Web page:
[Numpy-discussion] Suggestions for GSoC Projects

Jennifer stone jenny.stone125 at gmail.com
Wed Feb 19 14:46:32 EST 2014

If you are interested in the hypergeometric numerical evaluation, it's

> probably a good idea to take a look at this recent master's thesis
> written on the problem:
> http://people.maths.ox.ac.uk/porterm/research/pearson_final.pdf<http://bl-1.com/click/load/BDEKOABvUWAAYgNhATc-b0231>
> The thesis is really comprehensive and detailed with quite convincing
conclusions on the methods to be used with varying a,b,x (though I am
yet to read the thesis properly enough understand and validate each
of the multitude of the cases for the boundaries for the parameters).
It seems to be an assuring and reliable walk through for the project.

> This may give some systematic overview on the range of methods
> available. (Note that for copyright reasons, it's not a good idea to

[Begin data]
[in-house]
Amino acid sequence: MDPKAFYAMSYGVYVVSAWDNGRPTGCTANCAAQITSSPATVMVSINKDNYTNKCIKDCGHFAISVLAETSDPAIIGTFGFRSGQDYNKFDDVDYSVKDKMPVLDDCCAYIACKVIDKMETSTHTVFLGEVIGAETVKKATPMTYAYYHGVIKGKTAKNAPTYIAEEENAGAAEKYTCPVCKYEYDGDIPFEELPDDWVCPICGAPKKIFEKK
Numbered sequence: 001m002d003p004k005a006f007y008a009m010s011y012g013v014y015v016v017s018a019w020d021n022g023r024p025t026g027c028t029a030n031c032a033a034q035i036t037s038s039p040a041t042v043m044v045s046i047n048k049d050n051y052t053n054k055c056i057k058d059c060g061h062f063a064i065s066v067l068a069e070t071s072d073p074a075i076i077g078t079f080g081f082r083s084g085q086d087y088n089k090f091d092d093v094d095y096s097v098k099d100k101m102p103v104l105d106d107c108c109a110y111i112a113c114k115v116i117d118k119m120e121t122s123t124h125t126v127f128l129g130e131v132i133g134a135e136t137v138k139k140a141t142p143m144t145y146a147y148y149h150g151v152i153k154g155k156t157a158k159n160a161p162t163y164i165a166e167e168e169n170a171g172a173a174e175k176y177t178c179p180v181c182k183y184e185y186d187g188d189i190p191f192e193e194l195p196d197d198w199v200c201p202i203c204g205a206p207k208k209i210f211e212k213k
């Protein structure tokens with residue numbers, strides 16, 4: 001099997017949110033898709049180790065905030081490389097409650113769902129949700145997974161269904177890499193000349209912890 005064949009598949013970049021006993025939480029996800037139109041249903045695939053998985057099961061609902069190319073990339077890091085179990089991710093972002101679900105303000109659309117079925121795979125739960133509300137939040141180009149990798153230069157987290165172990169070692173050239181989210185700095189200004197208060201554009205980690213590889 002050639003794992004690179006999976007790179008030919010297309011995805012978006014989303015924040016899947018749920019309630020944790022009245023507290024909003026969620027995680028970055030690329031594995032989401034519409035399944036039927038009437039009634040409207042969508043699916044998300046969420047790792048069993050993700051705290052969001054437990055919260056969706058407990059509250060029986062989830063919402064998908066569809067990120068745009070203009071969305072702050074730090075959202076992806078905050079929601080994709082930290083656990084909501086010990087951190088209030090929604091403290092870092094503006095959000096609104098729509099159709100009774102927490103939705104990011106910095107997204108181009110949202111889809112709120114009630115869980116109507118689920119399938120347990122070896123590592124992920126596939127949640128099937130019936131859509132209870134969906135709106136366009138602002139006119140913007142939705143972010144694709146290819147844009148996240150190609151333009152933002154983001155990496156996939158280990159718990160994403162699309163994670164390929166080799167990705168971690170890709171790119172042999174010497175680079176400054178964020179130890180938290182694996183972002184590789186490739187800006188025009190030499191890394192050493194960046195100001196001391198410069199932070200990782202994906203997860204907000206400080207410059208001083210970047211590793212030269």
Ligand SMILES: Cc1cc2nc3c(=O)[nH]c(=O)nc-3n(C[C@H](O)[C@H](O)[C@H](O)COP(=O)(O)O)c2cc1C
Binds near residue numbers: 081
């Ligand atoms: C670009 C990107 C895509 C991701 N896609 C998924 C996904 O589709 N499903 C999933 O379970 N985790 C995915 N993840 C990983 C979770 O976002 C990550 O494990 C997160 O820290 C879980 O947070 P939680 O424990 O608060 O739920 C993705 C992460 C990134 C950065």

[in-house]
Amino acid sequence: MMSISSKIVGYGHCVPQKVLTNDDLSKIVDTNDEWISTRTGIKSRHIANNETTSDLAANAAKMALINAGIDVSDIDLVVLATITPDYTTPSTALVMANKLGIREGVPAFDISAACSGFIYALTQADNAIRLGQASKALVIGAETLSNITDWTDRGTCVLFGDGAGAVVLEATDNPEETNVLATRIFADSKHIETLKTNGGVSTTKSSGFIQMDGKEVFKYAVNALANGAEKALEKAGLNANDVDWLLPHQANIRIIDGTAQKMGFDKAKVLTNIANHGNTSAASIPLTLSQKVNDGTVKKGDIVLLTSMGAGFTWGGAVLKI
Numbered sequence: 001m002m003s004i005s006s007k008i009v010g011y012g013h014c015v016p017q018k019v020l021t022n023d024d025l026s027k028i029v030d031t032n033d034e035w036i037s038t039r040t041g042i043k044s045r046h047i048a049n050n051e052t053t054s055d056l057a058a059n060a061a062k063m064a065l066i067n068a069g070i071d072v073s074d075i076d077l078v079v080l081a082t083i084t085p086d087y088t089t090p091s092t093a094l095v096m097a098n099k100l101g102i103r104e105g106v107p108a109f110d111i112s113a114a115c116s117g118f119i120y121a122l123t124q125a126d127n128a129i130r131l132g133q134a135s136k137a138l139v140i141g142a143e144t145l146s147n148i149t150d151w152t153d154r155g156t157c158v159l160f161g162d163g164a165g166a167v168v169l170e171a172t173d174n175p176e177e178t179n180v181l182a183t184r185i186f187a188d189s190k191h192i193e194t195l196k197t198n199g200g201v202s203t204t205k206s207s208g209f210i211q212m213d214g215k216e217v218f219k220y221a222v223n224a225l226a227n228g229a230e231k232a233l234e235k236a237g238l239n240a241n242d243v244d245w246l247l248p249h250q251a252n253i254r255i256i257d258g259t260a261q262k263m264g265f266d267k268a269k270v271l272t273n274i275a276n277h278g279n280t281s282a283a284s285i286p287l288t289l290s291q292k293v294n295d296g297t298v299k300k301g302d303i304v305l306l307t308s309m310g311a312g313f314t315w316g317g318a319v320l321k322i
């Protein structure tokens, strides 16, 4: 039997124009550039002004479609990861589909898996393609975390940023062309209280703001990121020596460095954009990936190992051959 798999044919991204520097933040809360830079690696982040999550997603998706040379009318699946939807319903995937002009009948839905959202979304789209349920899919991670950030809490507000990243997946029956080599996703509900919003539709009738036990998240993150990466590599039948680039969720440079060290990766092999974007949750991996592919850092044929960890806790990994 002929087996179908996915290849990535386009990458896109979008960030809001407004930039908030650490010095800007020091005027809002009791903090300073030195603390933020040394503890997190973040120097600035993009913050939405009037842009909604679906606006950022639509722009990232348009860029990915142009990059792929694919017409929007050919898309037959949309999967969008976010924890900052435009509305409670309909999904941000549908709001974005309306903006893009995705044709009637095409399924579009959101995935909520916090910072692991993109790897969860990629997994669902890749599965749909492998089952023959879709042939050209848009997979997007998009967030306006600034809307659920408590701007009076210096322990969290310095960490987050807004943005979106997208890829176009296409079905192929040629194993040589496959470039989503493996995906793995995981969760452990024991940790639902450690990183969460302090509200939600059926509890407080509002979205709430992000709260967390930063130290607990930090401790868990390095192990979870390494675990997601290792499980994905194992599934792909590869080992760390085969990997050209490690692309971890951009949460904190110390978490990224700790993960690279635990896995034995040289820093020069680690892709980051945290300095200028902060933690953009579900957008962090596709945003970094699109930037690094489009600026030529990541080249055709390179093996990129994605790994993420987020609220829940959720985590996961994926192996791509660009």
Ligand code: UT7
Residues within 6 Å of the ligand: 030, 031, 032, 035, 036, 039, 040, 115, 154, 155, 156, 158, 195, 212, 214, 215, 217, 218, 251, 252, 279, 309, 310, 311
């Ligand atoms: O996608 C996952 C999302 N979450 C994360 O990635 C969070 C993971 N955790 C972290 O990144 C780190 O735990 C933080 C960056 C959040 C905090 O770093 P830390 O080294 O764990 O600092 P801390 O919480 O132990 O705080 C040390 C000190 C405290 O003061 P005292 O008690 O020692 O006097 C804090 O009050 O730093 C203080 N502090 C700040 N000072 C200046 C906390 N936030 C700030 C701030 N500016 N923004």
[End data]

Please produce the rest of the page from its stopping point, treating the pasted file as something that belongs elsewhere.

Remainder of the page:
> look closely at the source codes linked from that thesis, as they are
> not available under a compatible license.)
> It may well be that the best approach for evaluating these functions,
> if accuracy in the whole parameter range is wanted, in the end turns
> out to require arbitrary-precision computations.  In that case, it
> would be a very good idea to look at how the problem is approached in
> mpmath. There are existing multiprecision packages written in C, and
> using one of them in scipy.special could bring better evaluation
> performance even if the algorithm is the same.

Yeah, this seems to be brilliant idea. mpmath too, I assume, must have
used some of the methods mentioned in the thesis. I ll look through the
code and get back.

I am still unaware of the complexity of project expected at GSoC. This
looks engaging to me. Will an attempt to improve both Spherical harmonic
functions ( improving the present algorithm to avoid the calculation for
lower n's and m's) and hypergeometric functions be too ambitious or
is it doable?


> --
> Pauli Virtanen
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